The Big Brick Review

Building on the narrative of our brick at a time.


Old Men On Bicycles

by Marty Nott

PAINT ME AN autumn landscape, Mr. Wood, with trees and hedgerows tinted in pumpkin-pie oranges, yellows, rusts and apple reds. Chill it with a hint of frost, top it with whipped cream clouds and paint in a barn or two, glowing scarlet in the first hour of sun and casting long shadows over pastures and livestock. Paint in a rolling country road, and on it a solitary cyclist heading for a tall horizon, up a hill through acres of yellow, dying corn converging in the distance.

Yes, I’ll have this pie for breakfast today, thank you, and my coffee will be the bite of late-October air in my lungs, riding out from the town into the hills as motorized commuters race in the opposite direction, sleepy eyes half on the road and half checking their faces in the mirror, hands groping for a travel mug. Sweep the road clear of fallen leaves with the churning wake of an occasional passing truck as I climb toward some distant ponds.

A cyclist is never quite alone on this road. There are others, even this late in the year – mostly young, wiry men and women in multi-hued, skin-tight Spandex, sleek helmets and angry-looking sunglasses, riding as earnestly as they are dressed – training, constantly training. I am training, too, though for exactly what, I have no idea. Climbing hills such as this one, I am regularly overtaken by riders with entire lives ahead of them, and we greet each other – “Morning” – growls or huffs rising from the diaphragm, fit into the rhythm of the ride lest we break stride and lose a little more of our breath. No time for further pleasantries. I study them from behind as they climb away, examining their cadence and spying on their derailleur settings; mostly, I just remember and envy.

Nine miles behind and 300 feet below, in a darkened office, sits a more comfortable chair facing a desk and a phone and a computer burning blue – waiting to invade my day and checked briefly before leaving, to be sure the world could survive for a while. Work will wait. Out here, turning from the main road onto lanes that circle the ponds, the road and the blazing trees and the birds do all of the talking, and the voices are musical whispers above the hum of thin tires on macadam. Cue the Vivaldi, please.

The rider’s heart, still pounding from the climb, begins to settle yet leaps a little, happily; these lanes are almost entirely ours, mine and my bicycle’s, and the trees that line them, and the slight mist rising from the ponds, and the little rises and falls and curves teasing a wanderer onward. Here comes a lone jogger, steamy breath rising and eyes downcast; there is an empty parked car – bird watchers, no doubt, stalking silently through the woods with necks craned – and now two women walking a dog, silhouetted by the rising sun through the gentle mist.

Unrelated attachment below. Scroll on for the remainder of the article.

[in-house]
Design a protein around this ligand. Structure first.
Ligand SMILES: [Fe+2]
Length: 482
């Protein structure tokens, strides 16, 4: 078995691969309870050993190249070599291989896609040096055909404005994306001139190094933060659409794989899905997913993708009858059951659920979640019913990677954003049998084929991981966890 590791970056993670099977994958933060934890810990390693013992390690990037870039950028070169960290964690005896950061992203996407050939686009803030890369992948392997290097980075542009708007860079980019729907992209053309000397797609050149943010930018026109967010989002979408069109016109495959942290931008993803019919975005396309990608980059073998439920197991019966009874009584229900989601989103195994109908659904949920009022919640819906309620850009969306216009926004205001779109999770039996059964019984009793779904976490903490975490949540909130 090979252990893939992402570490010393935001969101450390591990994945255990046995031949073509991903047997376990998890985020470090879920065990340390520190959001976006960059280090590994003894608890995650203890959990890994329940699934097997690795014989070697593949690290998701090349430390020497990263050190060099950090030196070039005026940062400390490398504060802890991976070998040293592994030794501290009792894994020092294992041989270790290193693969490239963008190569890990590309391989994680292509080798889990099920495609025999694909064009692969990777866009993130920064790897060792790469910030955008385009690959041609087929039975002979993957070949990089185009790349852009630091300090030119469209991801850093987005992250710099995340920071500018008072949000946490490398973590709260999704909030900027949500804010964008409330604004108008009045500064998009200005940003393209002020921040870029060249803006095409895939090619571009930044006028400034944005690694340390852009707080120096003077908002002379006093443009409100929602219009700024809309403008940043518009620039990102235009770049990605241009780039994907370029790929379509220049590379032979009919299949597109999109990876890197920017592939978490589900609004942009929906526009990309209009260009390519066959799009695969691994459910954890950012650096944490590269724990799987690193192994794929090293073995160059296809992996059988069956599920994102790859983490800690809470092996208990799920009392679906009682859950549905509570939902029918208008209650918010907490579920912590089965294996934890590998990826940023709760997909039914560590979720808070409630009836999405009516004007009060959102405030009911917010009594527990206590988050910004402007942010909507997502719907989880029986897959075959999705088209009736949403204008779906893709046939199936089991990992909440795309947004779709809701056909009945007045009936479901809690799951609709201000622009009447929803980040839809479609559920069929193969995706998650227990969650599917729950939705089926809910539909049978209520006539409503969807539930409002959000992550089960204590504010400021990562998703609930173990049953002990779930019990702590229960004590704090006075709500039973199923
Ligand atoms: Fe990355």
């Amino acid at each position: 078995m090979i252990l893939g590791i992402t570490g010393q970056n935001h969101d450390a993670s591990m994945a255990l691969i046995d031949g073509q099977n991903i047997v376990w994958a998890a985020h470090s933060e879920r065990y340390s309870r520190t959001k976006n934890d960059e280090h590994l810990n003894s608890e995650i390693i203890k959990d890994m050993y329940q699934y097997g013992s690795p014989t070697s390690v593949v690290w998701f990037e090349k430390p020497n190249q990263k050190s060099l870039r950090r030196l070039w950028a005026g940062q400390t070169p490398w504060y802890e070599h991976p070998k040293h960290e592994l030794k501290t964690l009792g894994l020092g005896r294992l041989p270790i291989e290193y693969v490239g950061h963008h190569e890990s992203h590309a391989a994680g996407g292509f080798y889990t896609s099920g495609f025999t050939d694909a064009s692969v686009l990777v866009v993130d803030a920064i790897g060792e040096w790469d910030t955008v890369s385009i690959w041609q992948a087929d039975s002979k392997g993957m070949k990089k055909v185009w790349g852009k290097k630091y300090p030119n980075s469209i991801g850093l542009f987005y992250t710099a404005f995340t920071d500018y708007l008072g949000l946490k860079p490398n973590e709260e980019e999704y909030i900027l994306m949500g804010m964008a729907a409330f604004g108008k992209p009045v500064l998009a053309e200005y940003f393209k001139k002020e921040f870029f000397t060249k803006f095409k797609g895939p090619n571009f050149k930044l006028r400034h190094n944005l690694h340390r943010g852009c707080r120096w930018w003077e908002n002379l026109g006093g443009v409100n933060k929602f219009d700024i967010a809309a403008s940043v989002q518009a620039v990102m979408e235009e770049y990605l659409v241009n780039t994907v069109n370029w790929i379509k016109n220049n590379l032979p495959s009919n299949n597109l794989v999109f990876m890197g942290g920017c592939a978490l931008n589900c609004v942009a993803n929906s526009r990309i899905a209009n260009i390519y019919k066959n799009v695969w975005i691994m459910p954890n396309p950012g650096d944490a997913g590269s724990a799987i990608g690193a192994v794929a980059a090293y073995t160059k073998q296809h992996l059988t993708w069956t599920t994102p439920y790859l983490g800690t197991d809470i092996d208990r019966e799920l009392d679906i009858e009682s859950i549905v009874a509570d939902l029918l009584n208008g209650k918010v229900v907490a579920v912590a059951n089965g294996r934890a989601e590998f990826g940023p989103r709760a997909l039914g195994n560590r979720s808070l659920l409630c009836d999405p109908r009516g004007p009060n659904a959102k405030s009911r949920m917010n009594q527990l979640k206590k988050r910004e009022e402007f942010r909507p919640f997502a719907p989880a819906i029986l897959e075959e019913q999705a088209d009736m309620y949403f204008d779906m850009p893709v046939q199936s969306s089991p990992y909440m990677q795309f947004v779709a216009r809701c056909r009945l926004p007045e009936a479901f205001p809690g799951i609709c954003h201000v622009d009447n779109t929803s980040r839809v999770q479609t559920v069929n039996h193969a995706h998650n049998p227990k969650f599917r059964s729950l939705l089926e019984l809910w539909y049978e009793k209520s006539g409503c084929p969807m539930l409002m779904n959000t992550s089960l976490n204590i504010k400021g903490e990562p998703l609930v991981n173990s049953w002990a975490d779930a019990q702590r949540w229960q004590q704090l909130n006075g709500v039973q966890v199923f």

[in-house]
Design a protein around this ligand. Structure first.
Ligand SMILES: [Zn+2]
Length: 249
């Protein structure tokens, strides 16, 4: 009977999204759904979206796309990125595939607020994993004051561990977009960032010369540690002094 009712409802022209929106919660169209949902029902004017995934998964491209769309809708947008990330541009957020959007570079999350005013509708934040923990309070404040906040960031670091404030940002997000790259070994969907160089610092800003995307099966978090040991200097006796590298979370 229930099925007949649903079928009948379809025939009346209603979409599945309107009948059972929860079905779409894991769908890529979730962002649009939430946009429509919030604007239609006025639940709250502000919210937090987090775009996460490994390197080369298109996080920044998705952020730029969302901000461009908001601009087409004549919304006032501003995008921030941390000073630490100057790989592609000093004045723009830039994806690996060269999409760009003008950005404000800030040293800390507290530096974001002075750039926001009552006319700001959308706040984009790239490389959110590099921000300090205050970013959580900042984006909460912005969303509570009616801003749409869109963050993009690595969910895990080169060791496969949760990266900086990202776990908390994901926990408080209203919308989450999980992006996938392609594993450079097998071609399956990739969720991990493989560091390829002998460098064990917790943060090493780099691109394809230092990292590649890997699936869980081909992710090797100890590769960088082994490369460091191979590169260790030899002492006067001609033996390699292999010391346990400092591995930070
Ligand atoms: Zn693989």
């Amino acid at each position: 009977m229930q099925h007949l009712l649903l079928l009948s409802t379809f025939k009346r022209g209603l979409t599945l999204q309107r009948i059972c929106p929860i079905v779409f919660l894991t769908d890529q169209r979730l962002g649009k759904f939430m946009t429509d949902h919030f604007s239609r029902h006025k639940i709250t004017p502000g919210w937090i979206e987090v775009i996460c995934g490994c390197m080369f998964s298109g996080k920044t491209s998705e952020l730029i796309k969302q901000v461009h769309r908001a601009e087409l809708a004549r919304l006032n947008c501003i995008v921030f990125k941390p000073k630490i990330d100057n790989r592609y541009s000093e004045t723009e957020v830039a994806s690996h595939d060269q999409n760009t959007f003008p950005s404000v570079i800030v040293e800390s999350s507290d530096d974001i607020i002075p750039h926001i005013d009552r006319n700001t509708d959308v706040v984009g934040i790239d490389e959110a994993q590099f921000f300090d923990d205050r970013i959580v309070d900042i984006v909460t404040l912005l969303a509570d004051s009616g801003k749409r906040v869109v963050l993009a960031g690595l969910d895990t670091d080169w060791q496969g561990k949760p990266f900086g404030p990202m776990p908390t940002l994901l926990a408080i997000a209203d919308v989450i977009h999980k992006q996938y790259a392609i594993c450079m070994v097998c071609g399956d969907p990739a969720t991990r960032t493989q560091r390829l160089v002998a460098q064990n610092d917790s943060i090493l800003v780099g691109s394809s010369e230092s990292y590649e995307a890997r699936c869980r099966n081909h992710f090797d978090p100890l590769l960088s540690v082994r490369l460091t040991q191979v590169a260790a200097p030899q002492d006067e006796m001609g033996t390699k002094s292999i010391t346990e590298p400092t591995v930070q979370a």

Greeted with a cheery wave, a town employee in his pickup truck responds with a deadpan face and the wiggle of an index finger from the top of the steering wheel. To him, this is just a job, but to a cyclist, this is pie indeed, after the hardtack of a hill climb, and I savor every bite, dipping and tasting around the ponds. Ahead waits the downhill ride, smooth and cool through air gently warming under a climbing sun. 

There are no young riders on these quiet lanes; this morning is left to the trees and the ponds and an old man on a bicycle.  Winter is coming, as trees and old men know when autumn slices coldly through their bones, but today it is spring again, at least for a few hours or for a day, if we are blessed. The trees throw brilliant color defiantly into the jaws of the coming sleep, and the old man’s heart pounds joyfully, even a little angrily. Not today, winter; not today.

Marty Nott learned to do and love writing, photography and bicycling while growing up in Batavia, N.Y., and attending Ithaca College. Marty lives in Rochester with his partner Nancy, and as he approaches retirement from his career in communications management, he combines all three passions in his occasional blog, Wheels on the White Line, and in fundraising for the American Diabetes Association through its annual Tour de Cure (donations gratefully accepted).

"Open Road" photo © 2016 Gregory Gerard


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